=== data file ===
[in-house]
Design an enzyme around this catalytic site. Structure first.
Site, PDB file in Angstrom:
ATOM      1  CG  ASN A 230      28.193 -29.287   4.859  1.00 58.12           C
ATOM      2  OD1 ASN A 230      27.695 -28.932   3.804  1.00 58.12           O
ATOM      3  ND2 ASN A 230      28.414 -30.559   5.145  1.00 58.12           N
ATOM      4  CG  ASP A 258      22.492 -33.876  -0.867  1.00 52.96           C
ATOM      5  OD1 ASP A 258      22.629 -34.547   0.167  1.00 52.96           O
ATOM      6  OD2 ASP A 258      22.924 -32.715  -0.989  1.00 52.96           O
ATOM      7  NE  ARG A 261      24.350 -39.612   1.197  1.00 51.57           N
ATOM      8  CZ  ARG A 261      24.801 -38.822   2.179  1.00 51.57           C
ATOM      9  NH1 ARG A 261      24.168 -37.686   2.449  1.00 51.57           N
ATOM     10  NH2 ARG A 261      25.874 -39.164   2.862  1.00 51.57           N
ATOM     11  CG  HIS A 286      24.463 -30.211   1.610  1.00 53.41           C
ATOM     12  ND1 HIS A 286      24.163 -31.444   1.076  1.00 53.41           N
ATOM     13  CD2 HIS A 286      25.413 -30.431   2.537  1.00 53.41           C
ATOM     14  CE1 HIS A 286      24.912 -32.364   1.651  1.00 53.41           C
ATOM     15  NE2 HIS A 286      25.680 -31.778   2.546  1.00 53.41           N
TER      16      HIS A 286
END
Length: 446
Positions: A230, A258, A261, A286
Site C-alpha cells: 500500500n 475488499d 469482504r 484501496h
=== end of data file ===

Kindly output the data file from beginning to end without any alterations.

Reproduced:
[in-house]
Design an enzyme around this catalytic site. Structure first.
Site, PDB file in Angstrom:
ATOM      1  CG  ASN A 230      28.193 -29.287   4.859  1.00 58.12           C
ATOM      2  OD1 ASN A 230      27.695 -28.932   3.804  1.00 58.12           O
ATOM      3  ND2 ASN A 230      28.414 -30.559   5.145  1.00 58.12           N
ATOM      4  CG  ASP A 258      22.492 -33.876  -0.867  1.00 52.96           C
ATOM      5  OD1 ASP A 258      22.629 -34.547   0.167  1.00 52.96           O
ATOM      6  OD2 ASP A 258      22.924 -32.715  -0.989  1.00 52.96           O
ATOM      7  NE  ARG A 261      24.350 -39.612   1.197  1.00 51.57           N
ATOM      8  CZ  ARG A 261      24.801 -38.822   2.179  1.00 51.57           C
ATOM      9  NH1 ARG A 261      24.168 -37.686   2.449  1.00 51.57           N
ATOM     10  NH2 ARG A 261      25.874 -39.164   2.862  1.00 51.57           N
ATOM     11  CG  HIS A 286      24.463 -30.211   1.610  1.00 53.41           C
ATOM     12  ND1 HIS A 286      24.163 -31.444   1.076  1.00 53.41           N
ATOM     13  CD2 HIS A 286      25.413 -30.431   2.537  1.00 53.41           C
ATOM     14  CE1 HIS A 286      24.912 -32.364   1.651  1.00 53.41           C
ATOM     15  NE2 HIS A 286      25.680 -31.778   2.546  1.00 53.41           N
TER      16      HIS A 286
END
Length: 446
Positions: A230, A258, A261, A286
Site C-alpha cells: 500500500n 475488499d 469482504r 484501496h